December 29, 2008
Contact: Sarah Wally, (202) 328-7744

Nutrition Wise
Karen Collins, MS, RD, CDN
American Institute for Cancer Research

Q: Does green tea or green tea extract help people lose weight?

A: According to the National Center for Complementary and Alternative Medicine, there is not sufficient evidence to determine if green tea can aid in weight loss. In fact, the research is conflicting. In one 2007 study, obese men and women who were given green tea extract (but still maintained their usual diet and activity patterns) showed greater decreases in body fat and waist measurement than those given a less-active compound. But other research, including one 2008 study that followed participants for four months, has found no difference in weight loss or change in waist measurements between groups given green tea extract versus a placebo. If you want to see if it makes a difference for you, there’s no harm in including some green tea among your daily beverages. When used in moderation, potential side effects include caffeine sensitivity and possible interference with blood thinning medications due to a small amount of vitamin K. Drinking green tea is certainly more economical than choosing supplements or extracts since an eight-ounce mug costs about 17 cents and contains an equal amount of active compound found in the pills or powders. In the end, you are probably best advised to focus on finding small ways to cut calories and increase physical activity each day rather than rely on weight loss aids like teas and extracts.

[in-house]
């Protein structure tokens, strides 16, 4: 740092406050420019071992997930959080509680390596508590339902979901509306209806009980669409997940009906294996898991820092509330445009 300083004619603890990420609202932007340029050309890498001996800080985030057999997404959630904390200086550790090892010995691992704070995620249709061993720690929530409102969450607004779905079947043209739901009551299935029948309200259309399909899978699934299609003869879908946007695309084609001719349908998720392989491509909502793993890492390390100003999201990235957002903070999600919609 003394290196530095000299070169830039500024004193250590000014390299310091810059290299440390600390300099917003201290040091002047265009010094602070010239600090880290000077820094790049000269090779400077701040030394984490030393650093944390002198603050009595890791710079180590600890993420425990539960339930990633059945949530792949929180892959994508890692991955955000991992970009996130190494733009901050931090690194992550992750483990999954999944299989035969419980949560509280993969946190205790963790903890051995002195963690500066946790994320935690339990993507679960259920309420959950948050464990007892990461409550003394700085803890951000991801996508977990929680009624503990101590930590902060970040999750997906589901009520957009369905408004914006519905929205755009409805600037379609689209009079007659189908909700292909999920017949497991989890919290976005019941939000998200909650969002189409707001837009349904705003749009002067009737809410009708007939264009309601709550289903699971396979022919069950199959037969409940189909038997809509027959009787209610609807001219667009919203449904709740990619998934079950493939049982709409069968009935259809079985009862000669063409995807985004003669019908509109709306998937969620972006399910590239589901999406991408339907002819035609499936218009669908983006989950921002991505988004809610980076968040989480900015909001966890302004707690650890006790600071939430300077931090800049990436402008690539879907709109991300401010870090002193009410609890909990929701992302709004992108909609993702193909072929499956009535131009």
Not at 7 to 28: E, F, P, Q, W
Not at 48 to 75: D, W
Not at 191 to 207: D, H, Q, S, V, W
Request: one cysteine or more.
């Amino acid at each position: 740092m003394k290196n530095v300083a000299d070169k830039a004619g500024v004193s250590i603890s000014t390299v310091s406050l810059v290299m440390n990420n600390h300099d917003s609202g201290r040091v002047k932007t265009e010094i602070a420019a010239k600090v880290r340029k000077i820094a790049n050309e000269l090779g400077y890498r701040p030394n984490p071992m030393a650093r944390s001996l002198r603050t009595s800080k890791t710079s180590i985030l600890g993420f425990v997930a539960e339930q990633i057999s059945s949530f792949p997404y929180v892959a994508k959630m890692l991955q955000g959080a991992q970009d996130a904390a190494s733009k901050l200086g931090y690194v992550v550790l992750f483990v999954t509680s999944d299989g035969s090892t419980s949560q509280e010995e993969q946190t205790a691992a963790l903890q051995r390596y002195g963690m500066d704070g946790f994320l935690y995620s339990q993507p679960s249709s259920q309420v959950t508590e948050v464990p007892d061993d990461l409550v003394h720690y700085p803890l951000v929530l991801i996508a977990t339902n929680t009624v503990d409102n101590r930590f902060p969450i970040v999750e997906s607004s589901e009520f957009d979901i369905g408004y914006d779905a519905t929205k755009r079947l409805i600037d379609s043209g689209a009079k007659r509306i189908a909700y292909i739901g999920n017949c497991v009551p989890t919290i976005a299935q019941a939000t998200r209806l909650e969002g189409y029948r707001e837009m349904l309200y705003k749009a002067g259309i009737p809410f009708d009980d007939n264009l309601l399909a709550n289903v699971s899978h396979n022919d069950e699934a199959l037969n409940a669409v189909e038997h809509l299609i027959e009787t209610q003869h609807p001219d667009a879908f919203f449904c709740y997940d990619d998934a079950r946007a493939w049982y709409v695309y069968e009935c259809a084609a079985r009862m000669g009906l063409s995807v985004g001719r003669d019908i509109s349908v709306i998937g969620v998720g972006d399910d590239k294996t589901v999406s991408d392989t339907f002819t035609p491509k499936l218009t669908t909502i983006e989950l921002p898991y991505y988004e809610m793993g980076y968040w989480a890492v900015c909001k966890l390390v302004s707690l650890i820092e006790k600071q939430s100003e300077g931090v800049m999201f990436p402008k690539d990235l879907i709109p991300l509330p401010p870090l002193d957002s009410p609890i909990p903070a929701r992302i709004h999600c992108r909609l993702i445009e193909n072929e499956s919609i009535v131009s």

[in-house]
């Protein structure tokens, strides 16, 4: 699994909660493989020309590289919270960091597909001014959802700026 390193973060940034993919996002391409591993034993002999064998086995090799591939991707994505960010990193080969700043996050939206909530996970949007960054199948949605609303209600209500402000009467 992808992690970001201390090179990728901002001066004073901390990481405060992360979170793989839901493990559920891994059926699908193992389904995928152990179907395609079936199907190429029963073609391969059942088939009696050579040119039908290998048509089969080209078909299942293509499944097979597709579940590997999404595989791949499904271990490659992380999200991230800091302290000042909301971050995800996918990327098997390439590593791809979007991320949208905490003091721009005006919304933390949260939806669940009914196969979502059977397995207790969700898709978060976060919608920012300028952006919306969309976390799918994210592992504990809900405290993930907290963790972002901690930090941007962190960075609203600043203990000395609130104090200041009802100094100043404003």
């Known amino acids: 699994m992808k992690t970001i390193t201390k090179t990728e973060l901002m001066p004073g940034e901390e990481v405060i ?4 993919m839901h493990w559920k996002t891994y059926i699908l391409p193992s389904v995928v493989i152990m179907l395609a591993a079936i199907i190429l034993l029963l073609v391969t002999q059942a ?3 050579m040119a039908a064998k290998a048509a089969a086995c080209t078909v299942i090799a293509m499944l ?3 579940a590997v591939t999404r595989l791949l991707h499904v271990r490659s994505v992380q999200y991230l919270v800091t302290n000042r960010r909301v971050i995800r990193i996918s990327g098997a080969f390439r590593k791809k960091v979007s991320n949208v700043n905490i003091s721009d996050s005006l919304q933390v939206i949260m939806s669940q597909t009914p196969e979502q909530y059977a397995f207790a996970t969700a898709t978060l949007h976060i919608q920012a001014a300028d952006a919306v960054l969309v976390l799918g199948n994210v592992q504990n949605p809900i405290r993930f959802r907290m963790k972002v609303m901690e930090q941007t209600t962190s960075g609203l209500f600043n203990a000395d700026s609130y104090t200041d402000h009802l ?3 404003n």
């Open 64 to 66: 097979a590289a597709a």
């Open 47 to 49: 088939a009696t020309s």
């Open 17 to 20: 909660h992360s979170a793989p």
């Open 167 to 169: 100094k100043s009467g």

Q: How does the amount of caffeine in espresso compare to the amount found in regular coffee?

A: Espresso is more concentrated in caffeine than regular coffee, but the standard serving is much less, so drink-for-drink the two are fairly comparable in caffeine content. A six-ounce cup of coffee contains about 70 to 120 mg of caffeine, while a standard one-ounce espresso shot contains about 70 mg. Portion size is key however. A 16-ounce coffee (considered a “medium” at many coffee chains) can provide up to 300 mg of caffeine. A double shot of espresso in a cappuccino or latte offers about 150 mg.

Q: Is it true that alcohol can affect blood pressure?

A: Maintaining a healthy blood pressure is dependant on several lifestyle influences, among them: weight control, regular exercise, limiting salt and sodium consumption, and getting enough potassium – particularly by eating a diet rich in vegetables and fruits. According to most experts, blood pressure control is usually not disrupted by alcohol, as long as it is consumed in moderation (no more than one standard drink a day for women and no more than two standard drinks a day for men). However, individuals can vary in how they respond to alcohol and should discuss it with their physician.

Our Mission: The American Institute for Cancer Research champions the latest and most authoritative scientific research from around the world on cancer prevention and survival through diet, weight and physical activity, so that we can help people make informed lifestyle choices to reduce their cancer risk.

We have contributed over $105 million for innovative research conducted at universities, hospitals and research centers across the country. Find evidence-based tools and information for lowering cancer risk, including AICR’s Recommendations for Cancer Prevention, at

All active news articles